06-7-2024, 8:18 PM

William Anders, an astronaut on Apollo 8, died in an aircraft crash

William Anders - Photo from NASA

William Anders, an astronaut celebrated for taking the iconic "Earthrise" photo during one of the first manned moon orbits, died at the age of 90 following a small plane crash in the waters north of Seattle, as confirmed by NASA, local authorities, and his family.

The sheriff's office reported receiving a call at approximately 11:40 a.m. PT, detailing an older model plane that descended into the water near the north end of Jones Island and subsequently sank.

“The family is devastated and grieving the loss of a great pilot,” Anders’ son said.

Born in Hong Kong on October 17, 1933, Anders graduated from the United States Naval Academy in 1955. After commissioning in the US Air Force, he earned his pilot's wings the next year. Anders served as a fighter pilot in the all-weather interception squadrons of the Air Defense Command in both California and Iceland, his career detailed by NASA and the US Naval Academy.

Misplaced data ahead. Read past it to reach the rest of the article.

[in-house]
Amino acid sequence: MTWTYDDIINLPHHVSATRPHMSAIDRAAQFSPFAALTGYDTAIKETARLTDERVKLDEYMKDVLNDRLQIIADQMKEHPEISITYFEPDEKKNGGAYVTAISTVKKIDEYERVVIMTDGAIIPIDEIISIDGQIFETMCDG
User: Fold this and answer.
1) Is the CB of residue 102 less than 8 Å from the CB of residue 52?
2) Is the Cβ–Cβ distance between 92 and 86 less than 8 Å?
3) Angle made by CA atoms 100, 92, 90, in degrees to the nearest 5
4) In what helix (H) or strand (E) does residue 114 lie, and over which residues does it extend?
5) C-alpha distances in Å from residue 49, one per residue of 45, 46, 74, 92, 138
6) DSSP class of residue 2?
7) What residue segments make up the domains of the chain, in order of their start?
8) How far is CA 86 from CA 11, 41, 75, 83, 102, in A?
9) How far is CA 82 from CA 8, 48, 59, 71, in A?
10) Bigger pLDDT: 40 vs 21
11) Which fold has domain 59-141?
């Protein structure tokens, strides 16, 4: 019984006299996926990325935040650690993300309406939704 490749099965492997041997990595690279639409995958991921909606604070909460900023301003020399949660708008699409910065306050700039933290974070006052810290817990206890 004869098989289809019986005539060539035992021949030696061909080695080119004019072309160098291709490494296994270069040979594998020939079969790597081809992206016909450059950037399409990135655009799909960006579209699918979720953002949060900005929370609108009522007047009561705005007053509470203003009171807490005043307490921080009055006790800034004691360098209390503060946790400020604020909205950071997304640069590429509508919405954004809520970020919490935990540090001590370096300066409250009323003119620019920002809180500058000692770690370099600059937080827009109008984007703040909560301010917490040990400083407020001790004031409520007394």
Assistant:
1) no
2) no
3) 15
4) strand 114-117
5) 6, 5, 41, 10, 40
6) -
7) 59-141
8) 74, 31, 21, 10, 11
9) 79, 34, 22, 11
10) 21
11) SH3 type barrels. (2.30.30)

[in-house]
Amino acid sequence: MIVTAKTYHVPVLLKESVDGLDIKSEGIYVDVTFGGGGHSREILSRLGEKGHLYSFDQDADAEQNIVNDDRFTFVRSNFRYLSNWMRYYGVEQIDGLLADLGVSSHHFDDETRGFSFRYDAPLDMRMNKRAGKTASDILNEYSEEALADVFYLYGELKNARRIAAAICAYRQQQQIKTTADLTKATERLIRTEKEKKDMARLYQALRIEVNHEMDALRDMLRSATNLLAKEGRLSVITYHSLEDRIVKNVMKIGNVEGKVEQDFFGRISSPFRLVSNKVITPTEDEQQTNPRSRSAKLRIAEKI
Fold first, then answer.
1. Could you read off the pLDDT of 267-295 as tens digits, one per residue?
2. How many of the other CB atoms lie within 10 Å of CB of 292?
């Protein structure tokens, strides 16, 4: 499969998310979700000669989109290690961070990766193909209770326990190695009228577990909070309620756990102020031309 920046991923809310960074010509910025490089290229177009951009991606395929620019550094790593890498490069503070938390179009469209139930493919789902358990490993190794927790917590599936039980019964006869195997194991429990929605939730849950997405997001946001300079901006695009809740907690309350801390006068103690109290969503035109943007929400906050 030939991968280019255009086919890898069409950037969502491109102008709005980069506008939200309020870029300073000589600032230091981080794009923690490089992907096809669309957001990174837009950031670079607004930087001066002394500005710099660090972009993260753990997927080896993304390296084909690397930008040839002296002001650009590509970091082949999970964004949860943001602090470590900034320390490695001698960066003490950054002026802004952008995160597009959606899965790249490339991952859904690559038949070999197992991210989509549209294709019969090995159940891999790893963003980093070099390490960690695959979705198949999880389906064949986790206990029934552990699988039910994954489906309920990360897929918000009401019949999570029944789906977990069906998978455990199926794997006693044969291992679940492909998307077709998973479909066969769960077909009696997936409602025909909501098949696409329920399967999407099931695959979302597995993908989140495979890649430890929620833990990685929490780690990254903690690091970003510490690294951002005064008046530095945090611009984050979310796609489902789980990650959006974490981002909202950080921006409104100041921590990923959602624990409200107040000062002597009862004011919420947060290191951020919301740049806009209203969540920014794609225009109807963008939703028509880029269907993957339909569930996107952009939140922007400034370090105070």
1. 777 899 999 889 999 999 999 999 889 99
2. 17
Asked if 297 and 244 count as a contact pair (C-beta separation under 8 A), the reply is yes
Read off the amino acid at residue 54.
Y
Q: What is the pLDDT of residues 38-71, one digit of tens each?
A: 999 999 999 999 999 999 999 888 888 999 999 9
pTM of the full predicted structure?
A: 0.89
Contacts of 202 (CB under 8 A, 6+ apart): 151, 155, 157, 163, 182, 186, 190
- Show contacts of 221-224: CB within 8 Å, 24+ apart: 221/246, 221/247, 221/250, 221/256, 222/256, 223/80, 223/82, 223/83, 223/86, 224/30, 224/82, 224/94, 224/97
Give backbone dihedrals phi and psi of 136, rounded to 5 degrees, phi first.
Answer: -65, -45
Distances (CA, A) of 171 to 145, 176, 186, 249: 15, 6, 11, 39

In 1964, NASA selected Anders as an astronaut. He served as the backup pilot for the Gemini 11 mission in 1966 and the Apollo 11 flight in 1969, accumulating over 6,000 hours of flight time.

During the historic Apollo 8 mission in December 1968, alongside astronauts Jim Lovell and mission commander Frank Borman, Anders captured the stunning "Earthrise" photograph from lunar orbit on Christmas Eve.

NASA Administrator Sen. Bill Nelson expressed his condolences following the tragedy.

"In 1968, during Apollo 8, Bill Anders offered to humanity among the deepest of gifts an astronaut can give. He traveled to the threshold of the Moon and helped all of us see something else: ourselves. He embodied the lessons and the purpose of exploration. We will miss him," Nelson wrote on X.

Anders is survived by his wife, Valerie, their two daughters, and four sons.

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